O.C. Tanner launches new creativity lab

Published: Tuesday, June 3 2014 5:15 p.m. MDT

Updated: Tuesday, June 3 2014 5:24 p.m. MDT

Emma Howland, 3, left, and Wesley McMurry, 3, look up at a screen during an open house at Tanner Labs in Salt Lake City, Tuesday, June 3, 2014. Tanner Labs, which is the new research and development arm of O.C. Tanner, will serve as an incubator and think tank for creating and testing new products.

Michelle Tessier, Deseret News

SALT LAKE CITY — A local business institution that pioneered workplace recognition is launching a new facility aimed at developing the next generation of workplace innovations.

O.C. Tanner announced Tuesday the opening of Tanner Labs — a new research and development arm that will function as an internal think tank and incubator for creating and testing new products along with becoming a resource to startups and inventors in the community.

“It’s tasked specifically with developing new products within O.C. Tanner … specifically technology-focused,” explained Nate Walkingshaw, vice president of Tanner Labs.

Founded in Salt Lake City in 1927, O.C. Tanner — one of the original inventors of employee recognition strategies and rewards programs — also gained recognition for its high-end jewelry business as well as for providing rings and medals for numerous Olympic Games beginning in 2000.

This latest venture is targeted with developing future career achievement, recognition and performance tools, along with employee wellness programs, Walkingshaw said.

Personal technology develops more rapidly every year and it is challenging for human resources managers and company leaders to keep up with the trends and habits of a progressively connected workforce, he said.

Tanner Labs was created to quickly develop and pioneer a fresh new approach to employee wellness and recognition and to foster creative thinking around wearable technology, mobile apps and incentive programs.

“Tanner Labs will have the back-end support and nimbleness to develop technology and act on market trends rapidly,” said president and CEO Dave Petersen. “Organizations are looking for productive and healthy ways to interact with employees using innovative technology to reinforce culture. We see Tanner Labs leading these efforts.”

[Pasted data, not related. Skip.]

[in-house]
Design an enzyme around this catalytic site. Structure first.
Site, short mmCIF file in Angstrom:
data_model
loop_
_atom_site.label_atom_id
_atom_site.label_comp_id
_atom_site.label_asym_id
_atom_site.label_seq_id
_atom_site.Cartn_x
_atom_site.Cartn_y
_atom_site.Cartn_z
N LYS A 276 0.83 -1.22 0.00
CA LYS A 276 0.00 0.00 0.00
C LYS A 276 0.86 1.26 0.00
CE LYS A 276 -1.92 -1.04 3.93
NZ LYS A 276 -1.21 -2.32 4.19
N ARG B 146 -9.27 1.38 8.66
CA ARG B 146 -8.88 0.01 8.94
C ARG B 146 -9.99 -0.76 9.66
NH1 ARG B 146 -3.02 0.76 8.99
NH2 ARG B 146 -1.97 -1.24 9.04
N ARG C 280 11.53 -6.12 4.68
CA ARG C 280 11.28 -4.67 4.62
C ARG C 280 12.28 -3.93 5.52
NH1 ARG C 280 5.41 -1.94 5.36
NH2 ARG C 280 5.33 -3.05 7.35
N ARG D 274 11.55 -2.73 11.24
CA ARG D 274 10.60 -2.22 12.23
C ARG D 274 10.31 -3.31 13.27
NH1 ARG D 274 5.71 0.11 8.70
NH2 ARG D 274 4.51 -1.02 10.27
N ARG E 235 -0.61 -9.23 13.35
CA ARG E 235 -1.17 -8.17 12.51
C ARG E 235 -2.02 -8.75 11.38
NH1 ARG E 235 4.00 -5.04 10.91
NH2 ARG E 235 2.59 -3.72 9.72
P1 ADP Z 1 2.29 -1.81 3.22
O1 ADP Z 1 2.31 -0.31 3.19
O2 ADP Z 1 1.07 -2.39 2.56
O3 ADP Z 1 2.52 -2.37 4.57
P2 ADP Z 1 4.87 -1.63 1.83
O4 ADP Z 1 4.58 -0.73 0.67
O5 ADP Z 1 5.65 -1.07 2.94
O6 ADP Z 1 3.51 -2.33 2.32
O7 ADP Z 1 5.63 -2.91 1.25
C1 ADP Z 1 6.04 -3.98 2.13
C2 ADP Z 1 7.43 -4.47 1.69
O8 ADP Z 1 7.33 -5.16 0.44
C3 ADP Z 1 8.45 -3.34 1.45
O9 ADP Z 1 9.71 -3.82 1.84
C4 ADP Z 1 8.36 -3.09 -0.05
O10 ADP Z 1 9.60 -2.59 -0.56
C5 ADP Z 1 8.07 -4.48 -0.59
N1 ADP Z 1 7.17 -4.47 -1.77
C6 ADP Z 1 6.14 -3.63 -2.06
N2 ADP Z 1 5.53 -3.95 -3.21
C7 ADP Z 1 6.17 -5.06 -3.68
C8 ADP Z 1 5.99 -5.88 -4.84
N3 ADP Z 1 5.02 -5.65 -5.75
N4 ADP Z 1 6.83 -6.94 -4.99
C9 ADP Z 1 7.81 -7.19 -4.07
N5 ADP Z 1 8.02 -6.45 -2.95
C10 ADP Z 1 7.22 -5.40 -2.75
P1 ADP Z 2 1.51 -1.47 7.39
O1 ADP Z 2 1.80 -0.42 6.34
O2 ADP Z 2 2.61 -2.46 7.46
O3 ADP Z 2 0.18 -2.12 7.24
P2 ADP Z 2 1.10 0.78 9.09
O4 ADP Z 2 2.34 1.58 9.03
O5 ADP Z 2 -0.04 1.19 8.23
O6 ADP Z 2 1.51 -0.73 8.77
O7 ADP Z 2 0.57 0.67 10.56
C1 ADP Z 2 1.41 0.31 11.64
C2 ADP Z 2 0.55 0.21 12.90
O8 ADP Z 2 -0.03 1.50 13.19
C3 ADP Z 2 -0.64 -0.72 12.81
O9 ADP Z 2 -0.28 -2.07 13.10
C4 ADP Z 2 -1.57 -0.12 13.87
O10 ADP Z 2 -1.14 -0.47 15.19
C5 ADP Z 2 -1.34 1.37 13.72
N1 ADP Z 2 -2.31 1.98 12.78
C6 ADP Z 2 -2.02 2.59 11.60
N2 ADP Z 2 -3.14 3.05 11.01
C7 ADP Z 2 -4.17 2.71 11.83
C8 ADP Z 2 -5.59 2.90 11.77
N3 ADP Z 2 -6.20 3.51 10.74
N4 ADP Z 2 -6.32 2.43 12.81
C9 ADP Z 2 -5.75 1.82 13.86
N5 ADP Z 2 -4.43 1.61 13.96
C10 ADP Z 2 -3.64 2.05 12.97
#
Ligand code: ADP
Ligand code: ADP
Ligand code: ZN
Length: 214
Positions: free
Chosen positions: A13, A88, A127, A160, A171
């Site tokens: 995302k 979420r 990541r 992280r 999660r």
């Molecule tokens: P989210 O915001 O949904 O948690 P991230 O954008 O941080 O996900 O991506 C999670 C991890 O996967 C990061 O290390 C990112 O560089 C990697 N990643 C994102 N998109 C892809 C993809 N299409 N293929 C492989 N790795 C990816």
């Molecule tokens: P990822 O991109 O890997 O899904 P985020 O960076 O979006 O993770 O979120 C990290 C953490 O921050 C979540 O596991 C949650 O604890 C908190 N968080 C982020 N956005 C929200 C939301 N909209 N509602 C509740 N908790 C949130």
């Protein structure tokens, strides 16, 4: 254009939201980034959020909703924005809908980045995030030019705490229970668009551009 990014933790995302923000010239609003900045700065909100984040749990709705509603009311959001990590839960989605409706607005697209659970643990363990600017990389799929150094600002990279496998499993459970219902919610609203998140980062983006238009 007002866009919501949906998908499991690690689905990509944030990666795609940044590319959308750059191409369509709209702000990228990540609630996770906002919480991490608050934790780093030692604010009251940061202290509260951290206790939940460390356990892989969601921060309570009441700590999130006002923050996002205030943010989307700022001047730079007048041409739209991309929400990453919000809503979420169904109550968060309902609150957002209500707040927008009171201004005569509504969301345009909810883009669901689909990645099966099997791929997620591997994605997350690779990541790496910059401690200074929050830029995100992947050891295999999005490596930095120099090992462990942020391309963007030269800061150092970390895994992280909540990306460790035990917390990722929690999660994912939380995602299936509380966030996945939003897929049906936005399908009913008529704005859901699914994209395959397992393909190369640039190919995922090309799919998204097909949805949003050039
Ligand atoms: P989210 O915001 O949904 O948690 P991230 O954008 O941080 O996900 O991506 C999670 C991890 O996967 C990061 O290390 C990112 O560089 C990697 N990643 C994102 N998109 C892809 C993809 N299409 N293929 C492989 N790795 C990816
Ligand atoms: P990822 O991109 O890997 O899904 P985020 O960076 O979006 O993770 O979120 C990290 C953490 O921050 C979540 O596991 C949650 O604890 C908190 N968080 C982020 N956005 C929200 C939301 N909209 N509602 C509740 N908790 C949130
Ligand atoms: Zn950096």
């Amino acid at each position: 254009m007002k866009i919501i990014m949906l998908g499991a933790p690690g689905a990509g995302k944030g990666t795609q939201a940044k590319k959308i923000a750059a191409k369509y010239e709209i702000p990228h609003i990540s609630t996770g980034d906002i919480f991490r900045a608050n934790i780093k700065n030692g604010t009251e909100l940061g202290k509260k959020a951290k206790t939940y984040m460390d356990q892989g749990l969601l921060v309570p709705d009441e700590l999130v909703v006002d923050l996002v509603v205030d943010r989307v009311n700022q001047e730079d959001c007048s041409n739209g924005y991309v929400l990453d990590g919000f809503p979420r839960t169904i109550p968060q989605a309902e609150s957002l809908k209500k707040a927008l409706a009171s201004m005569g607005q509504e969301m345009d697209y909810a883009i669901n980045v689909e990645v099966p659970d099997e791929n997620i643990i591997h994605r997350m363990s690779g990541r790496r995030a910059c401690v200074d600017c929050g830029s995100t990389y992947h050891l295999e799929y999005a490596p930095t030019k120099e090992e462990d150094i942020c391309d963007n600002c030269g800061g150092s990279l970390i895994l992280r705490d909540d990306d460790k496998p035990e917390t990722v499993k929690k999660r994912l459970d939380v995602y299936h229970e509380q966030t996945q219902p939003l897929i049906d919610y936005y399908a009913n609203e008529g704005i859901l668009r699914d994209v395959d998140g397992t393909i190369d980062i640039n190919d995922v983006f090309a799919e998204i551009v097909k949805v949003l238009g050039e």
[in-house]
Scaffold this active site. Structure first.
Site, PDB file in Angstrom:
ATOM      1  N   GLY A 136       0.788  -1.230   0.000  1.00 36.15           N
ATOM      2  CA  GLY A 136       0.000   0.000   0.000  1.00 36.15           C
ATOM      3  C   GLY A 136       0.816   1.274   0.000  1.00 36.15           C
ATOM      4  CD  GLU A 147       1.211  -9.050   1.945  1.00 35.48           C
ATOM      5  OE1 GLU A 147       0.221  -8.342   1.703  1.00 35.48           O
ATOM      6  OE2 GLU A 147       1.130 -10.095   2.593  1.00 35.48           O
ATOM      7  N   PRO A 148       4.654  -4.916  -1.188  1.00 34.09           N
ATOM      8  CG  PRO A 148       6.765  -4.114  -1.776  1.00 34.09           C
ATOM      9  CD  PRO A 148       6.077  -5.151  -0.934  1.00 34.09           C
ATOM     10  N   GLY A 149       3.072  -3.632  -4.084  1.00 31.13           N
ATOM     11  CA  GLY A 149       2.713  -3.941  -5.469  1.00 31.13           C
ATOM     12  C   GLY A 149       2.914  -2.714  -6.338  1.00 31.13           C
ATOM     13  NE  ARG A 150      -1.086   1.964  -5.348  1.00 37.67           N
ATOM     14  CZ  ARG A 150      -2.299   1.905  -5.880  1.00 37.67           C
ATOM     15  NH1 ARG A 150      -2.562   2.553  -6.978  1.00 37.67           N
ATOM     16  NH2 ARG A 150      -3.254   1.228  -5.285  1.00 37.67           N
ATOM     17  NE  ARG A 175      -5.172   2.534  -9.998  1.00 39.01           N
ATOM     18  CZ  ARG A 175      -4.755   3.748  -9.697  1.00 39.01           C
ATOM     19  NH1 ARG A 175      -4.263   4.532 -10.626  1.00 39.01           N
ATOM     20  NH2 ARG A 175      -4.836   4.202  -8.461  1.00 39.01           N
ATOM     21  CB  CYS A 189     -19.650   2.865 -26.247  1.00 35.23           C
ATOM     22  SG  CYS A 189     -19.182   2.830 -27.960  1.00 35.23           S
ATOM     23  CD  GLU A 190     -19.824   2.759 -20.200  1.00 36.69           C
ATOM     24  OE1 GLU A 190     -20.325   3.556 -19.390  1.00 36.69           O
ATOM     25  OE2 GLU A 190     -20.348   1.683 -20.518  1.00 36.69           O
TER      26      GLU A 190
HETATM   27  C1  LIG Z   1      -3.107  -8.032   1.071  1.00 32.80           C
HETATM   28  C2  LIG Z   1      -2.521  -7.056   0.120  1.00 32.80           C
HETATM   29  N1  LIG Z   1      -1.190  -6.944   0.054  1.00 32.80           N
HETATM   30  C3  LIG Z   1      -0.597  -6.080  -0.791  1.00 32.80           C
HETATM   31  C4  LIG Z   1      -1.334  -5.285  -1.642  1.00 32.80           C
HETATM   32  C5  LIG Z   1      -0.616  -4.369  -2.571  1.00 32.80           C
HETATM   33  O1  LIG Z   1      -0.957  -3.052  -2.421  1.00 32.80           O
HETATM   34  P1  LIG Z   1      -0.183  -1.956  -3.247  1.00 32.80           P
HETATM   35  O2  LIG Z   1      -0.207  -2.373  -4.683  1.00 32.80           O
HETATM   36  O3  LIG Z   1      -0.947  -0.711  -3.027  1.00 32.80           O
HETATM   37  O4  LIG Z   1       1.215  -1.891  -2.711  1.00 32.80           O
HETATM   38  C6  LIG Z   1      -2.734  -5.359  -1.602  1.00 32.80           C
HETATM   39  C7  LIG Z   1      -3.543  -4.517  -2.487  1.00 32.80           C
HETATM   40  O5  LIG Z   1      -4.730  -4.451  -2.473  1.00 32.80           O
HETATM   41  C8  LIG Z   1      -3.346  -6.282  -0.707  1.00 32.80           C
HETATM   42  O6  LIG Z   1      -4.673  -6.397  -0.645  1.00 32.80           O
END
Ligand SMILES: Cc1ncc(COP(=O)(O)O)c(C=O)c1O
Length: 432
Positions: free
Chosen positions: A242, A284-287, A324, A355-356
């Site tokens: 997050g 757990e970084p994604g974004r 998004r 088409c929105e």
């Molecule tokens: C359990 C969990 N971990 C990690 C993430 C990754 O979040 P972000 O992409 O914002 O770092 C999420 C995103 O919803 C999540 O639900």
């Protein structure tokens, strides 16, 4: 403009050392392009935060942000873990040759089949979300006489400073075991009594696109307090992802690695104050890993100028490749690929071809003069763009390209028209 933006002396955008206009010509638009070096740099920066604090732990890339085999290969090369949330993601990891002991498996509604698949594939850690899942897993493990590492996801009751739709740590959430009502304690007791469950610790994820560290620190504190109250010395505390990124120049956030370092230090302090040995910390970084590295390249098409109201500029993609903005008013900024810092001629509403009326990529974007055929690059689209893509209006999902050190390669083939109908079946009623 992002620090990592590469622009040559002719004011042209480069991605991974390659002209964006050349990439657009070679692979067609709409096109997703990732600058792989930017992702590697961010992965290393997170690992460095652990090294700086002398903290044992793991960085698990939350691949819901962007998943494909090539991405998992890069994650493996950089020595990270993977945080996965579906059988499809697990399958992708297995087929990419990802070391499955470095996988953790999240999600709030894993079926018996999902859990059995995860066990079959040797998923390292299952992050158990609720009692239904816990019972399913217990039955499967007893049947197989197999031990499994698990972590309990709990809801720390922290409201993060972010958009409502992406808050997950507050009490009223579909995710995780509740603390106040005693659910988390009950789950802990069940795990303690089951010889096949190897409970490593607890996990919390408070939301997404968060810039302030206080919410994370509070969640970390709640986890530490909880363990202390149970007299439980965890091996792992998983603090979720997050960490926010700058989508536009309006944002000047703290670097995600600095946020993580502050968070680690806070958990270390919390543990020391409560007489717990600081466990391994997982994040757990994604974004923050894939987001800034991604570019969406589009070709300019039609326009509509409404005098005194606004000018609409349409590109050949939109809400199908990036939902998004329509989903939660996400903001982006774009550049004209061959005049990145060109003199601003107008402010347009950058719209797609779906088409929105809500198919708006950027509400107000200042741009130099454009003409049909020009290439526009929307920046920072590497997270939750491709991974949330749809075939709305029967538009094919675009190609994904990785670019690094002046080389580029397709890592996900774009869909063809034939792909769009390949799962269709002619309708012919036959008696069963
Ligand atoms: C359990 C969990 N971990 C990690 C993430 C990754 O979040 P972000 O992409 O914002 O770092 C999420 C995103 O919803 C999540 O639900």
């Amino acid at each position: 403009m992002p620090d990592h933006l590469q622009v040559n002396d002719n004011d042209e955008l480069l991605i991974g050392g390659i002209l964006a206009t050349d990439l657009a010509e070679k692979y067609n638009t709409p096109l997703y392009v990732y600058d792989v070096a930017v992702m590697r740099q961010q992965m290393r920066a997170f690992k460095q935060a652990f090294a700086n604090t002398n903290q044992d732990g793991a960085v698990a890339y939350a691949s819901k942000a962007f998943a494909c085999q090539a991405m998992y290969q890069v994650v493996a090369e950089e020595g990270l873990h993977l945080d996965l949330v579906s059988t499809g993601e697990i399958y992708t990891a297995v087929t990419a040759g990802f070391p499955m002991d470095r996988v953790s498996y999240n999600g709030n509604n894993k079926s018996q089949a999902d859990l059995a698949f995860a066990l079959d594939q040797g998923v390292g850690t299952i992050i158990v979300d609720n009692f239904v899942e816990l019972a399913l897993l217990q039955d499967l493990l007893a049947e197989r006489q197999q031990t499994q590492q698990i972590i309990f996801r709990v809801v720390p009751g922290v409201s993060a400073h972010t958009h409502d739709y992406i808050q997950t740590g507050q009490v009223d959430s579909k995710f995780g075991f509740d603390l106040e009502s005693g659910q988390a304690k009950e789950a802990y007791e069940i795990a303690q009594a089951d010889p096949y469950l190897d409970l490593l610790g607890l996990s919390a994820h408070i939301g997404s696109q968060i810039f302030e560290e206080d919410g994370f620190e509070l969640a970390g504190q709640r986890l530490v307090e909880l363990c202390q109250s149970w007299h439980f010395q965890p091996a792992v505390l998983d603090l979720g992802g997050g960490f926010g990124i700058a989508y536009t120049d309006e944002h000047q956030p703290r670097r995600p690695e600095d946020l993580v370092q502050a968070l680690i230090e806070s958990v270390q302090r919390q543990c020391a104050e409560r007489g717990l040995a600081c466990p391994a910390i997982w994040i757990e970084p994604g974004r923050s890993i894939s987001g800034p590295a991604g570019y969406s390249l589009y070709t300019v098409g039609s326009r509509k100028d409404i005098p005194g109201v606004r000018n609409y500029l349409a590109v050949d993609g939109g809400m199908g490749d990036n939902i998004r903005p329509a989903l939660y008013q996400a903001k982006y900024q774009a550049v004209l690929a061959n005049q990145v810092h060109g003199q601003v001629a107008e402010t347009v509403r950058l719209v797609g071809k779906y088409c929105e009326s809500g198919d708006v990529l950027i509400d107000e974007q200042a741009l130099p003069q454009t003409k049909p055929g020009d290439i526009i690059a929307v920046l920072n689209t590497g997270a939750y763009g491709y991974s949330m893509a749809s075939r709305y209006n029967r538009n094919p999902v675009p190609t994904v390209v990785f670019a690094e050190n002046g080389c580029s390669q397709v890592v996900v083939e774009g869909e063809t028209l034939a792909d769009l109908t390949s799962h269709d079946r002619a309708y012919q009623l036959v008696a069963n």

The company, named for founder Obert C. Tanner, has become a leader in human resource consulting sectors while designing and helping to implement employee recognition programs for clients in the U.S., Canada and Europe. The company also provides presentation training, administration and awards for programs honoring employee service or performance for numerous Fortune 100 firms.

“O.C. Tanner has been helping companies grow for 86 years by creating programs that inspire employees to invent, to create, and to discover, and this will not change,” Walkingshaw said. “Tanner Labs will have the same vision but fewer constraints when it comes to acting on trends and bringing products to market. We’ll look at solutions through a different lens but remain collaborative in all our efforts.”

The new facility’s first offerings will be Welbe, an application designed to provide corporate wellness program administrators with information about the overall well-being of their organization; and Gratzi, an employee appreciation tool designed for recognition of exceptional workplace performance.

Welbe will leverage wearable devices, mobile apps and employee submitted data to aggregate company-wide and individual worker well-being, Walkingshaw said. Biometrics, financial, social, nutrition and career data can all be gathered and analyzed, with challenge activities and incentives to meet goals set by employers, he explained.

As for Gratzi, deserving employees will receive various awards recognizing outstanding accomplishments using technology to development and manage the merit-based program, he said.

Walkingshaw said the new lab will operate as “a company inside a company.”

“Our people are wonderful at (coming up with) ideas,” he said. “We (want) to capture those ideas and figure out a way to build on them.”

Email: jlee@deseretnews.com

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